The Christmas and New Year’s holiday season is supposed to be a time of great connection, celebration and fun with your family, including your teens. Unfortunately, adolescents are vulnerable to struggles during this period as well. A parent who is on top of things will make sure to look for, and take action on, these issues.
You can do a great deal to help your teen navigate the holidays next year or any year:
Don’t let them overdo out-of-home time.
For many adolescents, the holidays can become a nonstop party in which they spend 98 percent of their time with friends, leaving only 2 percent to grab some food and allowance money at home. While teens may be appropriately in the “deparenting” years of development, they are still living at home and need the connection and support of family during the holidays. Otherwise, they might lose their emotional balance as their friends’ influence takes on outsized value. Set out some basic requirements and a calendar for when they need to be home with the family. A good rule of thumb is to keep the same amount of “home time” that they have when they are in school during the week, including meals, chores, family connection time, etc.
Don’t let sadness go undetected.
Holidays are a double-edged sword. They can be a reminder of love and good times, but they also can set us up to expect and hope for an ideal and perfect season, if there is such a thing. Also, something might trigger your teen’s emotions during this time: a divorce in the family, sibling struggle or maybe a medical issue. Sometimes these are called anniversary losses, and they have a powerful impact on teens.
As adolescents don’t possess the neurological maturity to metabolize losses, they don’t have the skills to deal with the feelings of disappointment and grief. So they are prone to withdrawal, depression or acting out impulsively. Parents can deal with this by avoiding the “talk happy at all costs” stance and talking with their teen frankly and openly about the disappointments that may have occurred. This will give them a chance to express their sad or angry feelings to people who can listen and contain them. They are much less likely to be overwhelmed and act on the feelings if they feel heard and understood.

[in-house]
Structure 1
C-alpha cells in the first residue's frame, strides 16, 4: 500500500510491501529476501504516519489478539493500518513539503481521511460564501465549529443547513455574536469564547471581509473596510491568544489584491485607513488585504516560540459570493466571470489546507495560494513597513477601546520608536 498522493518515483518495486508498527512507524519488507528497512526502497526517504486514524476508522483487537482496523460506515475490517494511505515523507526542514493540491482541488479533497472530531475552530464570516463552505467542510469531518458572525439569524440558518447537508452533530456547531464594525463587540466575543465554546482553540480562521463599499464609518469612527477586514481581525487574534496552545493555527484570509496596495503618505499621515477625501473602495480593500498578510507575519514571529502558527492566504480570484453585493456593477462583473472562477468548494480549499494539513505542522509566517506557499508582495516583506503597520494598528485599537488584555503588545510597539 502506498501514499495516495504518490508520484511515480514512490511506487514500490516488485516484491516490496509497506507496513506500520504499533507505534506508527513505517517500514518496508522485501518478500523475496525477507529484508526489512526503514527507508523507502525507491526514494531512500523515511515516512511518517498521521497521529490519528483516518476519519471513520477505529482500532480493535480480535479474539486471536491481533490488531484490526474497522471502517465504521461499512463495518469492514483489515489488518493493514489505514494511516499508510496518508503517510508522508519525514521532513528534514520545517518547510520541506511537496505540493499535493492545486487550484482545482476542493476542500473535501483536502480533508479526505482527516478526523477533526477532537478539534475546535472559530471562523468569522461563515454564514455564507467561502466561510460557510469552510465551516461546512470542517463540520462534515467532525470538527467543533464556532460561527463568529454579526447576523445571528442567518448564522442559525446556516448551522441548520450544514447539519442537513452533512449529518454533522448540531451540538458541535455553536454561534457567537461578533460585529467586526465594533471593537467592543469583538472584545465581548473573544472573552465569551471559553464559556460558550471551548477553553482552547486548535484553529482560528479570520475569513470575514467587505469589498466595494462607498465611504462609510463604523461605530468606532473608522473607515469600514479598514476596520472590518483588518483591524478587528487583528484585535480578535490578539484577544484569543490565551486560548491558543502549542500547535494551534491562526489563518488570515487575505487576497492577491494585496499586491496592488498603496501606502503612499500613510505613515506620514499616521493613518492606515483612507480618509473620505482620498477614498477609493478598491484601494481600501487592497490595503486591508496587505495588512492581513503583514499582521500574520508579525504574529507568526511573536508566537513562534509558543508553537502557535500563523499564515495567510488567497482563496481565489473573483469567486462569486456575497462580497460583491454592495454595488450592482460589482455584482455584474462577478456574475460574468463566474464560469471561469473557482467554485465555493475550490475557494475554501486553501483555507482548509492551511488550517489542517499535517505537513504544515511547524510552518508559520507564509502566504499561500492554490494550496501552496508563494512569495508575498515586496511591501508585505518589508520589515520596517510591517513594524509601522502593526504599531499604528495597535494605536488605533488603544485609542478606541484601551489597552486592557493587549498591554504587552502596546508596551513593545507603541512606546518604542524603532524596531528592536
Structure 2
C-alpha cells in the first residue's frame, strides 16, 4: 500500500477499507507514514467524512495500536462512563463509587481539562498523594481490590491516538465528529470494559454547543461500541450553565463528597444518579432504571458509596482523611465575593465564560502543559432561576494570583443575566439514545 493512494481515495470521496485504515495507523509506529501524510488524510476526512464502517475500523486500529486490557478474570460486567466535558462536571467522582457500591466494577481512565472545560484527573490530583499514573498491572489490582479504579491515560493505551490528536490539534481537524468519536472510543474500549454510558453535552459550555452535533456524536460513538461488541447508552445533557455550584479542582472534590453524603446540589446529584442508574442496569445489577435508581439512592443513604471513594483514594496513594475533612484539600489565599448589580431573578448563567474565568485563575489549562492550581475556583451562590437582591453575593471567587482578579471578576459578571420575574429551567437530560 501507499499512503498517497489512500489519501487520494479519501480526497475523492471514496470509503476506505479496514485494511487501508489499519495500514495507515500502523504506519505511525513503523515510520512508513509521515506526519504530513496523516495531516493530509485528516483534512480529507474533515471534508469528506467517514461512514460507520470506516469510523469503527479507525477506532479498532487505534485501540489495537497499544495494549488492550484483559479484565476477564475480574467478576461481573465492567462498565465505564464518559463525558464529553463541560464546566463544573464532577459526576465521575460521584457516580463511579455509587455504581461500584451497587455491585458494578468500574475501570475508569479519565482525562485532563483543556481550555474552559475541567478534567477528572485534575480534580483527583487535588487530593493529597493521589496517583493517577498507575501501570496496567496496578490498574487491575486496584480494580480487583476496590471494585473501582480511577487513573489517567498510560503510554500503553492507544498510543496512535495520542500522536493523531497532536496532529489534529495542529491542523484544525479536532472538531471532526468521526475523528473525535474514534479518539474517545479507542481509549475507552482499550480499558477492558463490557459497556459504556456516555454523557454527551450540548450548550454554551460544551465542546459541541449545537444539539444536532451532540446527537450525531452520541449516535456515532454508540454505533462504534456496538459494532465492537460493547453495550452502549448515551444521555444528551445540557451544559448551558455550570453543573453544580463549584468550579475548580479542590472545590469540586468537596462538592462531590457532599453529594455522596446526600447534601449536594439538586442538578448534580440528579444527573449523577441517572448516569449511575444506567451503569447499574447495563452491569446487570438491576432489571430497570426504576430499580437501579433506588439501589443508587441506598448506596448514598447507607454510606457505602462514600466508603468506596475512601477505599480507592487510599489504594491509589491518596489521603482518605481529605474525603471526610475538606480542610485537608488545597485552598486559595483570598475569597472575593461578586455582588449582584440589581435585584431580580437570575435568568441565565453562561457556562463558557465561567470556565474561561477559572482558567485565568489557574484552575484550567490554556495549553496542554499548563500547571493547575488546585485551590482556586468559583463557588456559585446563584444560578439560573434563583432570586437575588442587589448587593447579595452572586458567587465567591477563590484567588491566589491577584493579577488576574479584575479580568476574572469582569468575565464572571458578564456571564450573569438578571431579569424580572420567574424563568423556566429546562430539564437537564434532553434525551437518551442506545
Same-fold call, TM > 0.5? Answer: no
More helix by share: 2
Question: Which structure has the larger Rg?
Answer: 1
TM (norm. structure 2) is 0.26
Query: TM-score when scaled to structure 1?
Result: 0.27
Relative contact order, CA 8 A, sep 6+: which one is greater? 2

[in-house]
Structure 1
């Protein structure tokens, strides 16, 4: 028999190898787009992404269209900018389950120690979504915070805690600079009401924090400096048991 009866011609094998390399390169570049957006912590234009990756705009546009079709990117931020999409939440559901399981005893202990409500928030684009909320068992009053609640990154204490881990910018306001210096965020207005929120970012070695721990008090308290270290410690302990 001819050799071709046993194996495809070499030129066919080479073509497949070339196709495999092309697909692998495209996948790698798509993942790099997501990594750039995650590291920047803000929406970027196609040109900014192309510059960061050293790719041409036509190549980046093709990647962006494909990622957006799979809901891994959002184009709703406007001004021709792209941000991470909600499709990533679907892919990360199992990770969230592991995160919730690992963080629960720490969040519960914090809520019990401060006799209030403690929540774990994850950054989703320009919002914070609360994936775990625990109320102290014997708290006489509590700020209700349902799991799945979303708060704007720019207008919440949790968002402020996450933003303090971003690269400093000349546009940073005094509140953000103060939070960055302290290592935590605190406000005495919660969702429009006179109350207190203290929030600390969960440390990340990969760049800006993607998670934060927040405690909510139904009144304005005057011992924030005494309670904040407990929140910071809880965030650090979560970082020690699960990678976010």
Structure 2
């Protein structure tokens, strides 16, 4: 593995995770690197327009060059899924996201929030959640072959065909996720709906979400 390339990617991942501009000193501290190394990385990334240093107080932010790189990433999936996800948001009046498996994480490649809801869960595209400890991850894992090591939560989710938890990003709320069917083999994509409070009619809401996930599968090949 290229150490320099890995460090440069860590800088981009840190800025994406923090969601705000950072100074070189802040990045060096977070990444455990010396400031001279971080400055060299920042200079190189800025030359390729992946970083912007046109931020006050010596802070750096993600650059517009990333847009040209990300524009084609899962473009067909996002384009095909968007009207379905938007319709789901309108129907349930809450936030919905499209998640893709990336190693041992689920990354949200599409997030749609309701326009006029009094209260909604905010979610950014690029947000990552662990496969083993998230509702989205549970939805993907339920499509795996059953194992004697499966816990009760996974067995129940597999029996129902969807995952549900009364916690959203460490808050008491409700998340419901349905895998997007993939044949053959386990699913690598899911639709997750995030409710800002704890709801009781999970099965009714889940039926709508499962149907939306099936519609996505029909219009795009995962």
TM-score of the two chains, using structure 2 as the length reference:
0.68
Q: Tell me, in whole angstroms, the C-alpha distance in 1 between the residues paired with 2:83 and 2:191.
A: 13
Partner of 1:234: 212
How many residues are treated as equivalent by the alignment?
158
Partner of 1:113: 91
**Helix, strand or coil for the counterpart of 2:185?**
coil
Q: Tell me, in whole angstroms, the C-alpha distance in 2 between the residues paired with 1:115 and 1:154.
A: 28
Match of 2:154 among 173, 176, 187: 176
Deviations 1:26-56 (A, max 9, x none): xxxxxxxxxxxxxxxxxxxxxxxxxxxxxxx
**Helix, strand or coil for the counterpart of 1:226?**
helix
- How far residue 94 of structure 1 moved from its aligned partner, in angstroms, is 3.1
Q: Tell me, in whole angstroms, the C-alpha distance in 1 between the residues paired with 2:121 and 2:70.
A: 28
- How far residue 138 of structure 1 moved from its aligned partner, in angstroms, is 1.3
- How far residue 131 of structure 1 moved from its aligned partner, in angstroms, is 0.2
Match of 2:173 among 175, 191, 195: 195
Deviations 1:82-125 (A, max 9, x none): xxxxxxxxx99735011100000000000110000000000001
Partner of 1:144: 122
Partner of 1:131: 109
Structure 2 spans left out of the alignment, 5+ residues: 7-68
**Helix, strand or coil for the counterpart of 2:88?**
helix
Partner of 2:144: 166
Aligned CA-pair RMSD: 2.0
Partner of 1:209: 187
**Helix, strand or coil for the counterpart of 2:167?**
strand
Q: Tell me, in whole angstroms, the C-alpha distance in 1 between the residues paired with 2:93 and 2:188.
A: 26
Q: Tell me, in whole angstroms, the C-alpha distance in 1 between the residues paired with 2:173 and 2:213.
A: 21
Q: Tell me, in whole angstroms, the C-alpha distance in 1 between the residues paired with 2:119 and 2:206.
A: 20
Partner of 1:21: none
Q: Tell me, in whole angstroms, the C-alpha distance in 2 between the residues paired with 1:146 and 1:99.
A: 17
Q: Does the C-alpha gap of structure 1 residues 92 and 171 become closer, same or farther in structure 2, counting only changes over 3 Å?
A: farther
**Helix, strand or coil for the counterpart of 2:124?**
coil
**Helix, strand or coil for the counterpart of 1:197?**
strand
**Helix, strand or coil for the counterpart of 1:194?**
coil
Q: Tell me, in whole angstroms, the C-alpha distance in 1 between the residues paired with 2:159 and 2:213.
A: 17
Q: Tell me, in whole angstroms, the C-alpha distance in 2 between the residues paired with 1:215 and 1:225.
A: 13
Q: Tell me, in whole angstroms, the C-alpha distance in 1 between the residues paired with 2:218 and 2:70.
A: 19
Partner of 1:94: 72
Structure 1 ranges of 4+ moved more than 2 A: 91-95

Recognize family stress.
Often, a family will have current stresses going on as well as events in the past. Your teen may be facing friendship conflict, bad grades, a substance issue or tension with other family members. This can also cause your teen to withdraw or act out.
The solution for this varies depending on if the issue is a crisis or not. If it’s a true 911 (drug crisis, intense divorce situation, financial crisis, etc.), you must nip it in the bud during the holidays and tell your teen what’s going on, why it’s going on, and what you are doing to deal with it. In other words, you need to get the elephant out from under the rug, as your teen probably already knows a lot more than you realize.
If it’s a problem that doesn’t require immediate solutions (an alcoholic uncle coming to the party or a conflict between the teen and a sibling), resist the temptation to solve it all during a great dinner or gift-giving time. No one solves problems well during a time of celebration. Talk about it offline, making sure your teen has her say about it, and let her know that you’ll put energy into dealing with it when the holidays are over and things have calmed down.
Plan a service activity.
Finally, do whatever you can to get your family and teen doing some kind of service: wrapping gifts for the military, helping feed the homeless, visiting shut-ins, and much more. Like all of us, teens need the habit of helping others to get out of the situational “me first” temptations of the season. We give as we have received.
Best to you and your family this holiday!
Dr. John Townsend